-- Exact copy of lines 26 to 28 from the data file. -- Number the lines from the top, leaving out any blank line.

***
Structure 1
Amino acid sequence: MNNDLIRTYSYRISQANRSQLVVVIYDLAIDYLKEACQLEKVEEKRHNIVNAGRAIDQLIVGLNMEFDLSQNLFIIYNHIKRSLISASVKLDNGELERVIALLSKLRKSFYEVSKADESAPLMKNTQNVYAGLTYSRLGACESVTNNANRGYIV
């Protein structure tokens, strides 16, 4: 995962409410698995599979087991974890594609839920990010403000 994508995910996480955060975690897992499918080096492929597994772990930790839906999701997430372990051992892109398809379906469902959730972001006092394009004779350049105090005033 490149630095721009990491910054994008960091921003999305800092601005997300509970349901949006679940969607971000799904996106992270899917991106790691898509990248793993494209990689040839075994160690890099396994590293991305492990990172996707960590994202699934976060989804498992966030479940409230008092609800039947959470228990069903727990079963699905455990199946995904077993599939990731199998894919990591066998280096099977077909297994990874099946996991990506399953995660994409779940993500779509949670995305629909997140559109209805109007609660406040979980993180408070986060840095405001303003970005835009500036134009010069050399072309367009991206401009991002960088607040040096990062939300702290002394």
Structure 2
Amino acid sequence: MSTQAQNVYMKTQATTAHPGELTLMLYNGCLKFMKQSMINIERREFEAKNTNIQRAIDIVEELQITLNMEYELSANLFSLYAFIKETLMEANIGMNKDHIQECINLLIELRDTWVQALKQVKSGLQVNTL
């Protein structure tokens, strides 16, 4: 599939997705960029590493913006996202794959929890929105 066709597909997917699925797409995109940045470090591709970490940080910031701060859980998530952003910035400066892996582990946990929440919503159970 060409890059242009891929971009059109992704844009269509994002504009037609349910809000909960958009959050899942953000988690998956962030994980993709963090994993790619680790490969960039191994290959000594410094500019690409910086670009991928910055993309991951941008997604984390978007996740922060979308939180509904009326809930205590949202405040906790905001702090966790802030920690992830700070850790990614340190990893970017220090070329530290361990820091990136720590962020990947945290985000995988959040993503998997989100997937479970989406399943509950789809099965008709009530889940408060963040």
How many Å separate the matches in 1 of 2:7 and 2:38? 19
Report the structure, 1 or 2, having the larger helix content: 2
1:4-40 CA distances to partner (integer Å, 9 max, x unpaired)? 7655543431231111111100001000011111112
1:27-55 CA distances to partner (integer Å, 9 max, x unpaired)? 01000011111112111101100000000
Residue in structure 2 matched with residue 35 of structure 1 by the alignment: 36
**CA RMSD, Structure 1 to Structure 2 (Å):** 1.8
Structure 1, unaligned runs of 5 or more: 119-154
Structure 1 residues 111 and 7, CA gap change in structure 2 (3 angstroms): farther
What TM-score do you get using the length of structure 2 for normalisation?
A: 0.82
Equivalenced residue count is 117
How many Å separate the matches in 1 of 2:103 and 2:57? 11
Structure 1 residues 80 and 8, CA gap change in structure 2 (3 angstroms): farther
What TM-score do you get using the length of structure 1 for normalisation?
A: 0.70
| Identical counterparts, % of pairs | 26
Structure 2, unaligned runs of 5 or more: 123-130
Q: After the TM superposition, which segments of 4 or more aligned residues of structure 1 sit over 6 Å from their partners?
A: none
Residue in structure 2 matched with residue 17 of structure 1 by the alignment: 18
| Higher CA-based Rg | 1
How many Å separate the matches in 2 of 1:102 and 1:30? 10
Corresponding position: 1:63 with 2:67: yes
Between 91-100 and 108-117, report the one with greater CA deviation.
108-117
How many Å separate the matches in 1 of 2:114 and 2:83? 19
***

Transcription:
Residue in structure 2 matched with residue 17 of structure 1 by the alignment: 18
| Higher CA-based Rg | 1
How many Å separate the matches in 2 of 1:102 and 1:30? 10